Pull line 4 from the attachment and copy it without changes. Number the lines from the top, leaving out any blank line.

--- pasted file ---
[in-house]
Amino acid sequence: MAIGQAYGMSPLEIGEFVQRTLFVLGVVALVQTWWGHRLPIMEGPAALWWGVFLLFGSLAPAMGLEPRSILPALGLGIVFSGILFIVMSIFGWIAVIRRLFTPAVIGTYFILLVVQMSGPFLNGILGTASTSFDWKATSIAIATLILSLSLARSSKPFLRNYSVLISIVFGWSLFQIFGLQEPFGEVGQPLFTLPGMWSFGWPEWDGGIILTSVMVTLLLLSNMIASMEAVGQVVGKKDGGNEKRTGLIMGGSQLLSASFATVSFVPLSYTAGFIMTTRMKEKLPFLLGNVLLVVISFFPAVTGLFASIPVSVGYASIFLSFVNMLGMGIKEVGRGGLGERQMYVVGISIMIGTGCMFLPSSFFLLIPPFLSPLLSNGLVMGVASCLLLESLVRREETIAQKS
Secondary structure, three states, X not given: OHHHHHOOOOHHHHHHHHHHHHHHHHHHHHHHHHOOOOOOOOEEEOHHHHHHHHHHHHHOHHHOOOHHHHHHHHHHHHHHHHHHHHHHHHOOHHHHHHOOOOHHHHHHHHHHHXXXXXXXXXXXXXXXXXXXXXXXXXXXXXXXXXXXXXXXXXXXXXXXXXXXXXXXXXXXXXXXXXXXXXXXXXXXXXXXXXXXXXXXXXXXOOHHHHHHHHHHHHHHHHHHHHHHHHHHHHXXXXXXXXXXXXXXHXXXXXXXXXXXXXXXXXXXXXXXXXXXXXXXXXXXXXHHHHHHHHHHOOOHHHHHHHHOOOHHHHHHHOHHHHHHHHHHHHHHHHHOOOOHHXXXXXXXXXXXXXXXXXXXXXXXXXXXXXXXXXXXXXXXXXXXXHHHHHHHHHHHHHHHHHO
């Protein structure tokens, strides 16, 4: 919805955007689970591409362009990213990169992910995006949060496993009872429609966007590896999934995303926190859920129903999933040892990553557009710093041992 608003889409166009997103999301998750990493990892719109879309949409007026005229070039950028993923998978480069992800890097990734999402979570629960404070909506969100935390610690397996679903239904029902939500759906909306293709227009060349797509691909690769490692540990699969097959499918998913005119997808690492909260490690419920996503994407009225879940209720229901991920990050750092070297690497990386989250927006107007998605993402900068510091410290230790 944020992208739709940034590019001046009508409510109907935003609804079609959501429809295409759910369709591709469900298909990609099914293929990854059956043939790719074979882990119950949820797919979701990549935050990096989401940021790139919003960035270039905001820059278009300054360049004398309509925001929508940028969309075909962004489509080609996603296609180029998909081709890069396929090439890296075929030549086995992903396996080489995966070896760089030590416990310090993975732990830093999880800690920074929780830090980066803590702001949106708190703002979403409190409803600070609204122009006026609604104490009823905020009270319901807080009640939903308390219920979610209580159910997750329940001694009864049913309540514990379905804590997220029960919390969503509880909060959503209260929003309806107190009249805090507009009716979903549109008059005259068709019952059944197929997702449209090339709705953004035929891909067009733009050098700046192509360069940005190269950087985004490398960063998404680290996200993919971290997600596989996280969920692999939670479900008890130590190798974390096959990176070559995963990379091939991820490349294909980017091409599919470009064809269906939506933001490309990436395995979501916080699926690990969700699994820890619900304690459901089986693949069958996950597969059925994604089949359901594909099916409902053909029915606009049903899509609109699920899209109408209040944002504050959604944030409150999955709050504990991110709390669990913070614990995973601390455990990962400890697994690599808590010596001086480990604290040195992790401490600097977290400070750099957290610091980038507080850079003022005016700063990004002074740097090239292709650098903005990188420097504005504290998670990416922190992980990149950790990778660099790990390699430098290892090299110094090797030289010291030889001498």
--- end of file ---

């Protein structure tokens, strides 16, 4: 919805955007689970591409362009990213990169992910995006949060496993009872429609966007590896999934995303926190859920129903999933040892990553557009710093041992 608003889409166009997103999301998750990493990892719109879309949409007026005229070039950028993923998978480069992800890097990734999402979570629960404070909506969100935390610690397996679903239904029902939500759906909306293709227009060349797509691909690769490692540990699969097959499918998913005119997808690492909260490690419920996503994407009225879940209720229901991920990050750092070297690497990386989250927006107007998605993402900068510091410290230790 944020992208739709940034590019001046009508409510109907935003609804079609959501429809295409759910369709591709469900298909990609099914293929990854059956043939790719074979882990119950949820797919979701990549935050990096989401940021790139919003960035270039905001820059278009300054360049004398309509925001929508940028969309075909962004489509080609996603296609180029998909081709890069396929090439890296075929030549086995992903396996080489995966070896760089030590416990310090993975732990830093999880800690920074929780830090980066803590702001949106708190703002979403409190409803600070609204122009006026609604104490009823905020009270319901807080009640939903308390219920979610209580159910997750329940001694009864049913309540514990379905804590997220029960919390969503509880909060959503209260929003309806107190009249805090507009009716979903549109008059005259068709019952059944197929997702449209090339709705953004035929891909067009733009050098700046192509360069940005190269950087985004490398960063998404680290996200993919971290997600596989996280969920692999939670479900008890130590190798974390096959990176070559995963990379091939991820490349294909980017091409599919470009064809269906939506933001490309990436395995979501916080699926690990969700699994820890619900304690459901089986693949069958996950597969059925994604089949359901594909099916409902053909029915606009049903899509609109699920899209109408209040944002504050959604944030409150999955709050504990991110709390669990913070614990995973601390455990990962400890697994690599808590010596001086480990604290040195992790401490600097977290400070750099957290610091980038507080850079003022005016700063990004002074740097090239292709650098903005990188420097504005504290998670990416922190992980990149950790990778660099790990390699430098290892090299110094090797030289010291030889001498």